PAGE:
Thursday, October 11, 2012


CANTON, Ga. — When Dr. Michael Anderson hears about his low-income patients struggling in elementary school, he usually gives them a taste of some powerful medicine: Adderall. [The article says all four kids in one of Dr. Anderson’s patient families are treated with Adderall or an antipsychotic, Risperdal, and the sleep aid Clonidine to counteract the nocturnal stimulation caused by the other drugs.]

The pills boost focus and impulse control in children with attention deficit hyperactivity disorder. Although A.D.H.D is the diagnosis Dr. Anderson makes, he calls the disorder “made up” and “an excuse” to prescribe the pills to treat what he considers the children’s true ill — poor academic performance in inadequate schools.

“I don’t have a whole lot of choice,” said Dr. Anderson, a pediatrician for many poor families in Cherokee County, north of Atlanta. “We’ve decided as a society that it’s too expensive to modify the kid’s environment. So we have to modify the kid.”

Dr. Anderson has nailed a problem responsible for much of healthcare’s incredible cost—our tendency to treat social disorders with medications. When kids don’t focus well in school, it’s hardly ever because of a brain dysfunction. It’s because they’re hypersugared, underexcercised, and overexposed to a TV culture that reinforces short attention spans. A pediatrician I know treats ADHD by teaching the parents meditation.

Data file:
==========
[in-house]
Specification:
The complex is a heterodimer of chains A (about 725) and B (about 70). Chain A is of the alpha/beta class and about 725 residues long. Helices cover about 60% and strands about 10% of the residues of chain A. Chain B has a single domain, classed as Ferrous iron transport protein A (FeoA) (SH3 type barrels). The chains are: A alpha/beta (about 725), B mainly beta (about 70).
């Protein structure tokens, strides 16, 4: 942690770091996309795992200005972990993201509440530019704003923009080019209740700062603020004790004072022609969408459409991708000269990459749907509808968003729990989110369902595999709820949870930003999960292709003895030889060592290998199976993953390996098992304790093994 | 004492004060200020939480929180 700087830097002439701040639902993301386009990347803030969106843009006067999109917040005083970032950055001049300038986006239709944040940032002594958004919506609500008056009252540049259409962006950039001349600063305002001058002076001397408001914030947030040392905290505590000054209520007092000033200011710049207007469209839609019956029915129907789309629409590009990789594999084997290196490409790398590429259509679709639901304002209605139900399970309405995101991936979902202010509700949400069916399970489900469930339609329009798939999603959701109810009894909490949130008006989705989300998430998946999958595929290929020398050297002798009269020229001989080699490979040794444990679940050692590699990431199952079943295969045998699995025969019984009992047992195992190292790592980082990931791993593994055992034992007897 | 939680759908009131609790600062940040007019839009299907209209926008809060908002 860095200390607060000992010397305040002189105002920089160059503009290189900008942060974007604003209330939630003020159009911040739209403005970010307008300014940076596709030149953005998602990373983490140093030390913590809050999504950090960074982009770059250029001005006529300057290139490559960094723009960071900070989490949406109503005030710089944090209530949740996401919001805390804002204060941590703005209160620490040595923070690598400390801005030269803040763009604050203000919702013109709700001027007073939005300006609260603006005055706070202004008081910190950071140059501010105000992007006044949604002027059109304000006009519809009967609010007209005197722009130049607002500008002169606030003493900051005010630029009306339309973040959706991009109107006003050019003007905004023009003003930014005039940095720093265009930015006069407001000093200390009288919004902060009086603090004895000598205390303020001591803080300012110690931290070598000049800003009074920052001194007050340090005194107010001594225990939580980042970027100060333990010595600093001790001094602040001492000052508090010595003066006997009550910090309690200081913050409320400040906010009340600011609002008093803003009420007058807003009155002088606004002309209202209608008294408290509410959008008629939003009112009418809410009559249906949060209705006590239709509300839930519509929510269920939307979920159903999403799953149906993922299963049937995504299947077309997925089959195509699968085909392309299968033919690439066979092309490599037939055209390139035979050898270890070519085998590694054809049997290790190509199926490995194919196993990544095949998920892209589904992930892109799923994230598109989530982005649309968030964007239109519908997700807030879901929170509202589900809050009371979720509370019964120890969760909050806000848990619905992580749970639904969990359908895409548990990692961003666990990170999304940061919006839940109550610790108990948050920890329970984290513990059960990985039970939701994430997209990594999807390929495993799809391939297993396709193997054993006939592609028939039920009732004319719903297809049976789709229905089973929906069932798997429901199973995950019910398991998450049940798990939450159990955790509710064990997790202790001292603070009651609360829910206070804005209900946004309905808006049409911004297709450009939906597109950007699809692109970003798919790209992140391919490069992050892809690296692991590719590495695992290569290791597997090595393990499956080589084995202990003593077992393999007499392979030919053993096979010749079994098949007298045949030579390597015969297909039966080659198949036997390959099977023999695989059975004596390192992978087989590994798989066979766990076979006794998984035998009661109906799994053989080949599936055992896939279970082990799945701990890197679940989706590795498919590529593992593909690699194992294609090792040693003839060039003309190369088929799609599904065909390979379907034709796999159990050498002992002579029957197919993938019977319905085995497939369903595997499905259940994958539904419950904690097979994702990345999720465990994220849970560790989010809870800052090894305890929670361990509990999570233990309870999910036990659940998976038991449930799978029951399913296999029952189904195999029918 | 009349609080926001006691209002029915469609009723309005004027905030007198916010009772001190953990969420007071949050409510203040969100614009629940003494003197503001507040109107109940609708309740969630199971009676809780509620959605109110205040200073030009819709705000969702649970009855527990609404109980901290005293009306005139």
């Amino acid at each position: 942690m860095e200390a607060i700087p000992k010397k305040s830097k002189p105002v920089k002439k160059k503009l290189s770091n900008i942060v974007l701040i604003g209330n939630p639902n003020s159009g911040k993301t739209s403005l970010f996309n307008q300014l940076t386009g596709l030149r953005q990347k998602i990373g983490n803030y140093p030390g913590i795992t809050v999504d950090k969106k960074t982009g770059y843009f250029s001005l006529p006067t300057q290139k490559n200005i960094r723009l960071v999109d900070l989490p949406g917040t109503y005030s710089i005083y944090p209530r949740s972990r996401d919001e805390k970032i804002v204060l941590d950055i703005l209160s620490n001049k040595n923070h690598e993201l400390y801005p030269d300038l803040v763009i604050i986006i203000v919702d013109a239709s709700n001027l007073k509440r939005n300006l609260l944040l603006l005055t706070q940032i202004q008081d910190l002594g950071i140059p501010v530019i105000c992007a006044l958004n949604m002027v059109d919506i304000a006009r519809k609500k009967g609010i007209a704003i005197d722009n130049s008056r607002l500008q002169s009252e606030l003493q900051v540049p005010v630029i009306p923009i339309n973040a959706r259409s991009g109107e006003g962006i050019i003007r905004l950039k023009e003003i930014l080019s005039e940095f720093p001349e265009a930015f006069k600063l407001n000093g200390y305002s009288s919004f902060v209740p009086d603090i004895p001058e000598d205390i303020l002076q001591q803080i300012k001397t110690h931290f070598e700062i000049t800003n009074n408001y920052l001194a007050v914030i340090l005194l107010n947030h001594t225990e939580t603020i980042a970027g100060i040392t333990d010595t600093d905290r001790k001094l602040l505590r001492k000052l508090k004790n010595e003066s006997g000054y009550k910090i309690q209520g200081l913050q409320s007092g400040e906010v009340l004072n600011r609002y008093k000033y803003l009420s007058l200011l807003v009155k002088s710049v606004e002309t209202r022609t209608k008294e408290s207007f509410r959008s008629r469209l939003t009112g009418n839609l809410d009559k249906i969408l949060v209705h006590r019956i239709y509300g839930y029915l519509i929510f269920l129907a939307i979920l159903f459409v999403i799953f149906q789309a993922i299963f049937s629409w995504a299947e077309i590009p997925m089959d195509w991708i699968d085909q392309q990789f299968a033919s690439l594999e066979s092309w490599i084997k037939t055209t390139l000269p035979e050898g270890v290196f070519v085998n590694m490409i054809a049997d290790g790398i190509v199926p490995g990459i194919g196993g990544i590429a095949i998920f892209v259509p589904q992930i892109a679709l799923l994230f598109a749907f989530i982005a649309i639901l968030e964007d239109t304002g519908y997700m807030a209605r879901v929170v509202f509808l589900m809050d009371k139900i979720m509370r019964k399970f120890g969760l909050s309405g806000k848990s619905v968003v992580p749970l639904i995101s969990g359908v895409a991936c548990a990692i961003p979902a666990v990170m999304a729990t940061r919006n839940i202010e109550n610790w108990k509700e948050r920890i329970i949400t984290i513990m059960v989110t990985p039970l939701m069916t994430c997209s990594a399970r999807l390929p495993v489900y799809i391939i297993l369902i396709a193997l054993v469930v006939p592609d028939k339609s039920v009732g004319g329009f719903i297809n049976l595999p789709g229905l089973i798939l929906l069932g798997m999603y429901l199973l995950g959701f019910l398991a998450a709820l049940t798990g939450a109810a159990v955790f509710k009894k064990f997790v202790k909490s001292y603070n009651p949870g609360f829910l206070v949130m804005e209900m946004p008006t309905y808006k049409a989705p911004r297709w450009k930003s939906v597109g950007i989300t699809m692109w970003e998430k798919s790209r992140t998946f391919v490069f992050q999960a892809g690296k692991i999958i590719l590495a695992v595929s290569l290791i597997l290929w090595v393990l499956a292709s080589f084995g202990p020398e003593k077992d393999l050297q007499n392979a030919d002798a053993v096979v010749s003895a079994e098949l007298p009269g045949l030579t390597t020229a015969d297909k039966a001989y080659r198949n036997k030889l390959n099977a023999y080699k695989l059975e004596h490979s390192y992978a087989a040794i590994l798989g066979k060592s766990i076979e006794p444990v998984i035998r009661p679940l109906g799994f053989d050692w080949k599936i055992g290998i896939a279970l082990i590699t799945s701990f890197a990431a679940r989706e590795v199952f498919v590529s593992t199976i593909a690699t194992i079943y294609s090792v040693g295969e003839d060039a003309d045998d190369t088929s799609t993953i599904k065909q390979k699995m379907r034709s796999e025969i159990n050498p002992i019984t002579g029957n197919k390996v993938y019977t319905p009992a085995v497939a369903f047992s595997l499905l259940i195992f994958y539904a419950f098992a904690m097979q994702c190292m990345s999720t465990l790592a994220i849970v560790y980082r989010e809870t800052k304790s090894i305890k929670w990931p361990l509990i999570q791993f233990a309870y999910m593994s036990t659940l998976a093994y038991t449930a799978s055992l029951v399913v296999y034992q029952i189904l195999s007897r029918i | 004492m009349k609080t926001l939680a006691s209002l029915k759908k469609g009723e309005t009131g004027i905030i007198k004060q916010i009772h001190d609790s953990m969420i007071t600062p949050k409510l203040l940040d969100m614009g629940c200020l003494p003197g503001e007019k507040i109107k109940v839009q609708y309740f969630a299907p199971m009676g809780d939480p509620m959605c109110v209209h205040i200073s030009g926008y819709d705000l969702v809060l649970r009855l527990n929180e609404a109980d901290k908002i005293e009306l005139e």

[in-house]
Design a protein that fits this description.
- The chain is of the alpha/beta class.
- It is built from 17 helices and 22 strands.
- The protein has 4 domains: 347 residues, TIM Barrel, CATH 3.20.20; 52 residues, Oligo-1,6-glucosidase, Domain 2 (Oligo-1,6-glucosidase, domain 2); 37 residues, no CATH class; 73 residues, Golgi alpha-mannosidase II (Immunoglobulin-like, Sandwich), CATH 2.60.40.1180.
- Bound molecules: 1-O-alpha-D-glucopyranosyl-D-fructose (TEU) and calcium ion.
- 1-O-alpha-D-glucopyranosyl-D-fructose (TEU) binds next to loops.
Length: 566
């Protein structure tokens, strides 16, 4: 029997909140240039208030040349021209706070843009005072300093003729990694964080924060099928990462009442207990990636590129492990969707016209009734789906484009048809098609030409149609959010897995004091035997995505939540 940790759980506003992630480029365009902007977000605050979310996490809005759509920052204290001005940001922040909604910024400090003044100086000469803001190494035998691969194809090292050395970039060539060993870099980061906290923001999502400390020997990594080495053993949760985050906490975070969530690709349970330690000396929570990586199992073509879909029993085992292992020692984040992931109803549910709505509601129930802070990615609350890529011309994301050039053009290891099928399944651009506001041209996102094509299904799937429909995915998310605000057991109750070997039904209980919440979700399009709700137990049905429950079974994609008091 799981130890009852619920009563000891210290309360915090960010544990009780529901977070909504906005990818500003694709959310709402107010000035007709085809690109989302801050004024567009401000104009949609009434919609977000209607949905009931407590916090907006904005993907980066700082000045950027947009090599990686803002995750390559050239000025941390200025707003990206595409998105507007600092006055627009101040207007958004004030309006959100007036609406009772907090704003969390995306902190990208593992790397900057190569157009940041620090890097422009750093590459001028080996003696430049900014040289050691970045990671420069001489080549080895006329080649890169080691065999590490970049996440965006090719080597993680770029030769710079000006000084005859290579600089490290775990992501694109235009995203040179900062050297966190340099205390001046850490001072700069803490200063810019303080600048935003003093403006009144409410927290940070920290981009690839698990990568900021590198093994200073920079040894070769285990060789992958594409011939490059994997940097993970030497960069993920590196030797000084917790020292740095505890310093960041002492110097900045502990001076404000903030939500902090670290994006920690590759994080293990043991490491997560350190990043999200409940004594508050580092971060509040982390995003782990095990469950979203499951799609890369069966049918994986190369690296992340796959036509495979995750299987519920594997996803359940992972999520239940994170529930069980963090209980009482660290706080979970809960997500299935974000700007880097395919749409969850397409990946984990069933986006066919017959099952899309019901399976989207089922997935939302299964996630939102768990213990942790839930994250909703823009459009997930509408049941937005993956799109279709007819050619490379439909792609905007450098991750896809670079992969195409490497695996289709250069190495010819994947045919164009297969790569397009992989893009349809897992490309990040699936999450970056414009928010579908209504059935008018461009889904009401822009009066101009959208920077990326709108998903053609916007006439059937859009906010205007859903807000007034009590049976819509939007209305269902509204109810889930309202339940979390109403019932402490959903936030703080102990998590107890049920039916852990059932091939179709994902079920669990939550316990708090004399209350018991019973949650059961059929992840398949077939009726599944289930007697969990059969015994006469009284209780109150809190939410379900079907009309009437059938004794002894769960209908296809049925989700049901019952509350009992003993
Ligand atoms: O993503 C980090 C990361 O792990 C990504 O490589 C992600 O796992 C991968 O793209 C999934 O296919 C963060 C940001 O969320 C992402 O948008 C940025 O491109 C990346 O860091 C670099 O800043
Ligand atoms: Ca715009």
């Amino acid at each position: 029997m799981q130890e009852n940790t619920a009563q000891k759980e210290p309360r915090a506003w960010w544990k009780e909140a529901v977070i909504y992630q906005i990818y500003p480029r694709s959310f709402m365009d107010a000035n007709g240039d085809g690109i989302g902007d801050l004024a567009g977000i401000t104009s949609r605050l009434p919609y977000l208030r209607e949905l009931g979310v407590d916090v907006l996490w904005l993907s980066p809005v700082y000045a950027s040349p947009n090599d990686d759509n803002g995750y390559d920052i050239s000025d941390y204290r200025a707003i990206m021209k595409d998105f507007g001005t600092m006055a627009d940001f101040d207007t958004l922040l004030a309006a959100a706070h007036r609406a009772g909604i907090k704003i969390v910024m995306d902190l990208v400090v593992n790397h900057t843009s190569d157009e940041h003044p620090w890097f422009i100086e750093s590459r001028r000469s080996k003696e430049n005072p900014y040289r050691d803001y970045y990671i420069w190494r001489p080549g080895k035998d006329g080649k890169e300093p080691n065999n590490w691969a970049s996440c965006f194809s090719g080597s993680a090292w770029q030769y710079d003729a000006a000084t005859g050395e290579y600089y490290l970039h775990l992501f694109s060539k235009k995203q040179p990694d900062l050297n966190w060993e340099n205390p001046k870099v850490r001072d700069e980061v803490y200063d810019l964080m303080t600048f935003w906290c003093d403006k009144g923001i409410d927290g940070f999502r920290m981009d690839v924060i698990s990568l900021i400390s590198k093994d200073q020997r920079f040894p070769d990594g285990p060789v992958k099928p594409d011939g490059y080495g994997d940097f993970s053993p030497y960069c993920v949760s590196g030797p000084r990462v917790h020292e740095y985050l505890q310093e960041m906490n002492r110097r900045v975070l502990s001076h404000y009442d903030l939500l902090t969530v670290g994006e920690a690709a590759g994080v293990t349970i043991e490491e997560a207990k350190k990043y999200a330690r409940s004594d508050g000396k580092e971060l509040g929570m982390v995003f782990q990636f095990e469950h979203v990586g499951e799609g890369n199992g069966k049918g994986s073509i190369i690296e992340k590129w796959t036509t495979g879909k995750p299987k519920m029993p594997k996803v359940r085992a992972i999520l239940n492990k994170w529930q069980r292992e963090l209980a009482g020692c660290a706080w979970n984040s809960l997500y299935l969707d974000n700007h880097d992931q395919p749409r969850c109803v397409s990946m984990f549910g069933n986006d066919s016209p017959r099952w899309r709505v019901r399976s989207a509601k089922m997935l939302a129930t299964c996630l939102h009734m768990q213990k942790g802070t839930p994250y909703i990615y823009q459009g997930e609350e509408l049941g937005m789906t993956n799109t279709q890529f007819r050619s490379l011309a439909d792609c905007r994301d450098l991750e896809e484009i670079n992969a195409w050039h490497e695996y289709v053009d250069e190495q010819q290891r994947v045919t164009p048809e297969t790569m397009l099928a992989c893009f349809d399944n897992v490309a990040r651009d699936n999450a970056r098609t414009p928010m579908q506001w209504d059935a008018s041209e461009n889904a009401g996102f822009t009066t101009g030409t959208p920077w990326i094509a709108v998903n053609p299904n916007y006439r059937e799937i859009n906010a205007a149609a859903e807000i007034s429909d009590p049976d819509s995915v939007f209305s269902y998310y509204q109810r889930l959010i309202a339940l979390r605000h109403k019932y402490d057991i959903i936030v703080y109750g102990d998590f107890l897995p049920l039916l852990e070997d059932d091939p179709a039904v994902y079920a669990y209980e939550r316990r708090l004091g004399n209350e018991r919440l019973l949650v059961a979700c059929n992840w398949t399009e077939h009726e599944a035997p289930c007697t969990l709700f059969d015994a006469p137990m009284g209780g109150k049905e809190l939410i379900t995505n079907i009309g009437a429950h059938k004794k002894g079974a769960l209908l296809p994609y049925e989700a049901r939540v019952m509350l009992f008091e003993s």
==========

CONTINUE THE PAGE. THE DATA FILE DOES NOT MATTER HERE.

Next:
We’re becoming a society bent on medicating virtually all behavior, either to minimize deficits or maximize performance. Last year a National Heart, Lung, and Blood Institute panel, concerned about the increasing rate of type two diabetes in young people, recommended that all kids over the age of nine have their serum tested for cholesterol levels, and those above normal take agents like Lipitor. To repeat Dr. Anderson’s conclusion, “We’ve decided as a society that it’s too expensive to modify the kid’s environment. So we have to modify the kid.”

This sort of strategy isn’t just ridiculously expensive; it’s expensively ridiculous. A deeper disorder than ADHD or youthful type two diabetes is our bovine submission to the medical-industrial complex. If we gave it any thought, we’d be outraged…but maybe that would require a longer attention span.

1 comment:

  1. It's no different with adults! Funny, when I had mild hypertension in my early thirties, I began a running program that solved that and I continue to this day. I never even considered taking meds.